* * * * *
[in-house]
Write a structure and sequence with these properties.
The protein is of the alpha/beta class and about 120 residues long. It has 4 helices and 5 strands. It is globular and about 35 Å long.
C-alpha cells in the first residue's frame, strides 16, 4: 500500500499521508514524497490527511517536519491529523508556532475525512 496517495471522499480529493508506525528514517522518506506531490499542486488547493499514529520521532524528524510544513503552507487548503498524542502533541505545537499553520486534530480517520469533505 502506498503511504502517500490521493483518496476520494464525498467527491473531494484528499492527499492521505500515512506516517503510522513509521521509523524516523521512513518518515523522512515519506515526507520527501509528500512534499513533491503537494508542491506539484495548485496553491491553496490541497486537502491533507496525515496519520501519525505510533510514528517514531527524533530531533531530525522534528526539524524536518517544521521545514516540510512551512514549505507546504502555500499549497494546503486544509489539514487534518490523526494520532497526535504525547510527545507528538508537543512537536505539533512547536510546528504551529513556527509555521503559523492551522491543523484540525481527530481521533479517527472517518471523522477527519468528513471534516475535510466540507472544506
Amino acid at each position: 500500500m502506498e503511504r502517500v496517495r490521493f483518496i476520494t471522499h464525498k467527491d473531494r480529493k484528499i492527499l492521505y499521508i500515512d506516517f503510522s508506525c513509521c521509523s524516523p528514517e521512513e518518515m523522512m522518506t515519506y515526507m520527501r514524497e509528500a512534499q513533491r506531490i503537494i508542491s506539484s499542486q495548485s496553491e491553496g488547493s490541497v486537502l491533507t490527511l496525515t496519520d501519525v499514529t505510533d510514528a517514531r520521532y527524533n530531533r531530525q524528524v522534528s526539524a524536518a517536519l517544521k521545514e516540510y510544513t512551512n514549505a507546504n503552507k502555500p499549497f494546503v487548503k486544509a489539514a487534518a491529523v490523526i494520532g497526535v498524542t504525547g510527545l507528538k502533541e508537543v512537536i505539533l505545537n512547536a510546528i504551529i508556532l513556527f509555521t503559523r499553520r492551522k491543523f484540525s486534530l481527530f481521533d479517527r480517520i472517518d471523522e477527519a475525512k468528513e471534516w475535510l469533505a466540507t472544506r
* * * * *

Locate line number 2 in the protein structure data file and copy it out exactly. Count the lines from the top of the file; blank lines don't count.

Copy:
Write a structure and sequence with these properties.